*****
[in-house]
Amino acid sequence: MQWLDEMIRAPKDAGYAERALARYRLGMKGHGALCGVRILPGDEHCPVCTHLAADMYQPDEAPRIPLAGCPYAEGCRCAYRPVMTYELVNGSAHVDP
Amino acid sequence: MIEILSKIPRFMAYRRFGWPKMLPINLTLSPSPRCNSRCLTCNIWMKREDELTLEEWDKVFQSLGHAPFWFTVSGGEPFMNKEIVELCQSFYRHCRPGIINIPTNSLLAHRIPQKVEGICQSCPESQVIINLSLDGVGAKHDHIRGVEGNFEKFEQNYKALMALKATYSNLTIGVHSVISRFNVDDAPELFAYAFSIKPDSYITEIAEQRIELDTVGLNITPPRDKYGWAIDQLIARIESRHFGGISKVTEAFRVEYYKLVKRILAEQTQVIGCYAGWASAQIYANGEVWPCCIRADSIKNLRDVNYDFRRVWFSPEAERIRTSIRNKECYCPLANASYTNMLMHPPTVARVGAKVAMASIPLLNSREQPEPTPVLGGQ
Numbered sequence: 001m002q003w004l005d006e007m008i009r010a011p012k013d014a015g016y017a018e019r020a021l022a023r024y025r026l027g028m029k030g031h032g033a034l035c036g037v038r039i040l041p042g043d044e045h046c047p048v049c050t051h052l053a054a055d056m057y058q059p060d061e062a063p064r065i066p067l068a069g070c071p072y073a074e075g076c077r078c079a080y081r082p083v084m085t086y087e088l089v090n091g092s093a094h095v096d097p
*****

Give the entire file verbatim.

[in-house]
Amino acid sequence: MQWLDEMIRAPKDAGYAERALARYRLGMKGHGALCGVRILPGDEHCPVCTHLAADMYQPDEAPRIPLAGCPYAEGCRCAYRPVMTYELVNGSAHVDP
Amino acid sequence: MIEILSKIPRFMAYRRFGWPKMLPINLTLSPSPRCNSRCLTCNIWMKREDELTLEEWDKVFQSLGHAPFWFTVSGGEPFMNKEIVELCQSFYRHCRPGIINIPTNSLLAHRIPQKVEGICQSCPESQVIINLSLDGVGAKHDHIRGVEGNFEKFEQNYKALMALKATYSNLTIGVHSVISRFNVDDAPELFAYAFSIKPDSYITEIAEQRIELDTVGLNITPPRDKYGWAIDQLIARIESRHFGGISKVTEAFRVEYYKLVKRILAEQTQVIGCYAGWASAQIYANGEVWPCCIRADSIKNLRDVNYDFRRVWFSPEAERIRTSIRNKECYCPLANASYTNMLMHPPTVARVGAKVAMASIPLLNSREQPEPTPVLGGQ
Numbered sequence: 001m002q003w004l005d006e007m008i009r010a011p012k013d014a015g016y017a018e019r020a021l022a023r024y025r026l027g028m029k030g031h032g033a034l035c036g037v038r039i040l041p042g043d044e045h046c047p048v049c050t051h052l053a054a055d056m057y058q059p060d061e062a063p064r065i066p067l068a069g070c071p072y073a074e075g076c077r078c079a080y081r082p083v084m085t086y087e088l089v090n091g092s093a094h095v096d097p